UNDERSECRETARY GROSSMAN: "We believe that the ICC lacks any kind of control, which is much different from the judicial systems in our countries. This Court risks politicization, it risks raising unjustified cases, it risks putting the United States on the defendant’s bench. We are great supporters of international tribunals to punish crimes against humanity, as those established in Rwanda and ex-Yugoslavia. But a Tribunal must be created by the Security Council, so that it can be held accountable."

QUESTION: The Under Secretary for Arms Control and International Security, John Bolton, came to Rome in August to ask for Italy’s signature and Prime Minister Berlusconi in Denmark showed his willingness to do so. Do you feel Rome will sign?

UNDERSECRETARY GROSSMAN: "Italy will have to decide. We asked all countries, on the same day, to sign."

QUESTION: One of the reasons the United States refused to adhere to the Court was for fear of legal actions against U.S military operating abroad. If the European Union should refuse to sign the agreement, would you withdraw your troops from Europe?

UNDERSECRETARY GROSSMAN: "Let’s not speculate. I’m sure that once European countries will have read our proposal they will sign it because they will have understood that we respect the Treaty and that we are not delegitimizing it."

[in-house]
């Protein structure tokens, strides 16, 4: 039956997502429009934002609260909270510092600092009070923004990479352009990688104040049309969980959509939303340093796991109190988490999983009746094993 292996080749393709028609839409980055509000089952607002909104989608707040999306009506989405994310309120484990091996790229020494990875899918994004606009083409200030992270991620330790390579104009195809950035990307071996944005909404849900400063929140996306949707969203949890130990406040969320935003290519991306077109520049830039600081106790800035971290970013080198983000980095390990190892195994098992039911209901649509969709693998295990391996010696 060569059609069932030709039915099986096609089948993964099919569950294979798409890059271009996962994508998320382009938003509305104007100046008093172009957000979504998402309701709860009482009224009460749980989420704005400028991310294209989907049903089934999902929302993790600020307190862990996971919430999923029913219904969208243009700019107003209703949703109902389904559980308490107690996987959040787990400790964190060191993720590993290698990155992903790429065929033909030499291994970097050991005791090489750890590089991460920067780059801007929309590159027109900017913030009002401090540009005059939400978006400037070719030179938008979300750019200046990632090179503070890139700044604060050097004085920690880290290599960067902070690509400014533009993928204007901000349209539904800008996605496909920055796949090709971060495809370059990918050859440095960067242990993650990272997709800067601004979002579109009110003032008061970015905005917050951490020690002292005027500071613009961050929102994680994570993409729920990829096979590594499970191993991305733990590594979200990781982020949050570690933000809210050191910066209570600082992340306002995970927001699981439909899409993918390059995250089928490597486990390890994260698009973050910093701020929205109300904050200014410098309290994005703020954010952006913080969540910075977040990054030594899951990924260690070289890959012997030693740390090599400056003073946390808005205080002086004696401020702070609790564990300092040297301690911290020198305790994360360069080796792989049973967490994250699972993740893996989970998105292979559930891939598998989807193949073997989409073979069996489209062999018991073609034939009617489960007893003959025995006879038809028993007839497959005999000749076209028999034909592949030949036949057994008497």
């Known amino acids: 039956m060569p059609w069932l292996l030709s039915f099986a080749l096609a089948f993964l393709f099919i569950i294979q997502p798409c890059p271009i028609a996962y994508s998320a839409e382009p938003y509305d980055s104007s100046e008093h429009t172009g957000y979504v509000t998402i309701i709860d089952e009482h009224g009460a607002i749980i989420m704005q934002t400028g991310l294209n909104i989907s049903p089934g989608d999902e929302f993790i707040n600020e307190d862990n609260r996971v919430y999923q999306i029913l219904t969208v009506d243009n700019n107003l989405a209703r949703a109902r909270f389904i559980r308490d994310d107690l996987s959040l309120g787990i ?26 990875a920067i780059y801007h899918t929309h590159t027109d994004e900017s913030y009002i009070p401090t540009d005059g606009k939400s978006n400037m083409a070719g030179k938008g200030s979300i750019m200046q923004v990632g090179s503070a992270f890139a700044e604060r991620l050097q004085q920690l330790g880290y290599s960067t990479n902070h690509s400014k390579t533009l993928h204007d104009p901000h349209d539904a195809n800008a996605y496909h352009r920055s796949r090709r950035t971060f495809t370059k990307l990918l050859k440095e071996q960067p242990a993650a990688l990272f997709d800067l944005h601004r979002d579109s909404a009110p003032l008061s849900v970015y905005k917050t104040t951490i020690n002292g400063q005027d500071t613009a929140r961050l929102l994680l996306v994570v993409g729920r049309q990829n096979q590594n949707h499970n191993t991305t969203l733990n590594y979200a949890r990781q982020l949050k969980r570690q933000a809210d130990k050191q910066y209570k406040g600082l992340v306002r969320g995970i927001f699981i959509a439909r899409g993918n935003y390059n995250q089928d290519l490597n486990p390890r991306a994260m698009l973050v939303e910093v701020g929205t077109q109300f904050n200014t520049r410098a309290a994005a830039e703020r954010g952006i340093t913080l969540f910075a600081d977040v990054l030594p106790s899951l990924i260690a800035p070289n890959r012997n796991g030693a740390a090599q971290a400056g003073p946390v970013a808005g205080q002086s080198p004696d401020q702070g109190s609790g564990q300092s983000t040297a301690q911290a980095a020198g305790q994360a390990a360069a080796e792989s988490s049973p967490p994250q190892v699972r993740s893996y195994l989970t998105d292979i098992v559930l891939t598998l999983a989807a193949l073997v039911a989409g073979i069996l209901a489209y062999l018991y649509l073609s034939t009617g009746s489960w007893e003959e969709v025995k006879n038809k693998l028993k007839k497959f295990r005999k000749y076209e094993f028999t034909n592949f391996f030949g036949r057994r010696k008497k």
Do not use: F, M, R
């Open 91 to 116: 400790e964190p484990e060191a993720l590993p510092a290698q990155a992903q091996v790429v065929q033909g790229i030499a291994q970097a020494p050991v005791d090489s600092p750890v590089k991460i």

QUESTION: The fact remains that all EU leaders have two requests on their desks, one from Powell and the other from Brussels, asking them to consider two opposite positions. Are you asking the Fifteen to choose between the EU and the US?

UNDERSECRETARY GROSSMAN: "The United States is not part of the European Union. Everyone must stand behind their priorities. We feel that it is necessary to sign agreements. Each country will make its own choice. We feel that an objective analysis of article 98 will bring people around to our way of thinking. If we would have said ‘sign, but not on the basis of the Treaty,’ that would have been hard to accept. Let’s not make this into a crisis, a solution is at hand."

Released on September 11, 2002

  Back to top

U.S. Department of State
USA.govU.S. Department of StateUpdates  |   Frequent Questions  |   Contact Us  |   Email this Page  |   Subject Index  |   Search
The Office of Electronic Information, Bureau of Public Affairs, manages this site as a portal for information from the U.S. State Department. External links to other Internet sites should not be construed as an endorsement of the views or privacy policies contained therein.
About state.gov  |   Privacy Notice  |   FOIA  |   Copyright Information  |   Other U.S. Government Information

Published by the U.S. Department of State Website at http://www.state.gov maintained by the Bureau of Public Affairs.